- Recently, I went on a sales call with a programmer at a client station and listened as a station rep told a buyer who asked for additional value-added - after reporting that a competing station was offering more free mentions as incentive than "we" were - told the agency, "you know they will promise anything but their track record is that they talk big but don't deliver."
- Not too long ago a music director reported that a major label promotion rep suggested that he drop a competing label's highest-charting song to make room for something on the promoter's imprint.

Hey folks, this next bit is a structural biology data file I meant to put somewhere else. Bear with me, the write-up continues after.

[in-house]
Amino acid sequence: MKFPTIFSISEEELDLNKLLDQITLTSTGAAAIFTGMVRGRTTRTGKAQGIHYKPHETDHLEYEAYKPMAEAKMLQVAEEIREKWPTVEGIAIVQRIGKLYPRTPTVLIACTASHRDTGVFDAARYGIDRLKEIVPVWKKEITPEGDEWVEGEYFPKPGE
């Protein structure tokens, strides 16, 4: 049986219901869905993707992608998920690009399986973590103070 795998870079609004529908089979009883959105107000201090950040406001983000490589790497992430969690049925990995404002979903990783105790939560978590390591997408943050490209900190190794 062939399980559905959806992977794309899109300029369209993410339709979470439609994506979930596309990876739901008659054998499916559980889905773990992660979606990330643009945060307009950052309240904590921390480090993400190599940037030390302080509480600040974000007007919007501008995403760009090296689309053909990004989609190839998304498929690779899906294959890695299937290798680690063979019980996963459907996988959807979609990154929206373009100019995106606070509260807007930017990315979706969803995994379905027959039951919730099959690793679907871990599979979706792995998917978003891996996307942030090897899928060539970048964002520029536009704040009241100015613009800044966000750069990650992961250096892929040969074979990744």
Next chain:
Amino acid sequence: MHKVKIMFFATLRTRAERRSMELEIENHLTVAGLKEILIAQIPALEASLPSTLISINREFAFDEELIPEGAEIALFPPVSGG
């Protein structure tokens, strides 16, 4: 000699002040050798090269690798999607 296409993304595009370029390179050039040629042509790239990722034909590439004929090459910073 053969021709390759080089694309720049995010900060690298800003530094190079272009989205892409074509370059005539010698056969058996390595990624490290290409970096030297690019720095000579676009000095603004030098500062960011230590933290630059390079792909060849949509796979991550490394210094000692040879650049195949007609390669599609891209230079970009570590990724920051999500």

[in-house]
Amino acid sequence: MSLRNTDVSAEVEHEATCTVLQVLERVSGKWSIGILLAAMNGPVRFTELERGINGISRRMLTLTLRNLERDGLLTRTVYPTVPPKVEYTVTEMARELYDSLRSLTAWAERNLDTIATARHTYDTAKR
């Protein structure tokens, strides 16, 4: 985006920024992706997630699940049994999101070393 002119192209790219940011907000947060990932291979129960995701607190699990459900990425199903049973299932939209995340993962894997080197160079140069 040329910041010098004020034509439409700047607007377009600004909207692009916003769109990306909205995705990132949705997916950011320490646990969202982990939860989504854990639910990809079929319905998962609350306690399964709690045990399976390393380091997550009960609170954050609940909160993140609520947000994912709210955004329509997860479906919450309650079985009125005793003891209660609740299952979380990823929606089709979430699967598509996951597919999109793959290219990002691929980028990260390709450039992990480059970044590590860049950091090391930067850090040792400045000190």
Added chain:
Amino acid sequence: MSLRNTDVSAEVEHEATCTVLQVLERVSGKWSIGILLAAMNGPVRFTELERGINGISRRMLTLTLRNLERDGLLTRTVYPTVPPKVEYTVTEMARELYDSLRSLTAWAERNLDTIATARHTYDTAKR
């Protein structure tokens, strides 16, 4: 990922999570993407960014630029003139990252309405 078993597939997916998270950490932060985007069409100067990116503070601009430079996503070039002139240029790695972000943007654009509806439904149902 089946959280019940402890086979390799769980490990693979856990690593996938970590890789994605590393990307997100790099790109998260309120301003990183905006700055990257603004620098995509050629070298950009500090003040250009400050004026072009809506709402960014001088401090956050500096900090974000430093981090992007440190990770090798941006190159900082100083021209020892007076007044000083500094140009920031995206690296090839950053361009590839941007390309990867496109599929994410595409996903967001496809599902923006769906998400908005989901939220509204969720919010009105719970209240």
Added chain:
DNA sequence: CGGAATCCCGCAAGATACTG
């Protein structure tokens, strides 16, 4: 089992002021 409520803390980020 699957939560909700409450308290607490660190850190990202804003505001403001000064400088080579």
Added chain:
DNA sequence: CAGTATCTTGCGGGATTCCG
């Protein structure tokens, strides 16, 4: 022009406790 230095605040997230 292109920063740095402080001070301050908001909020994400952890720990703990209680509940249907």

So, what else is new?
Of course, these things happen every day, in one way or another.
We're in a very competitive business in difficult economic times, both in our advertising contacts and our music business relationships, so you can't blame folks who aren't incented on necessarily doing things the right way, but on the short-term results they get.
However, doesn't any good business need to be based on solid product attributes which deliver results and relationships built on trust?
How does trashing your competition achieve that?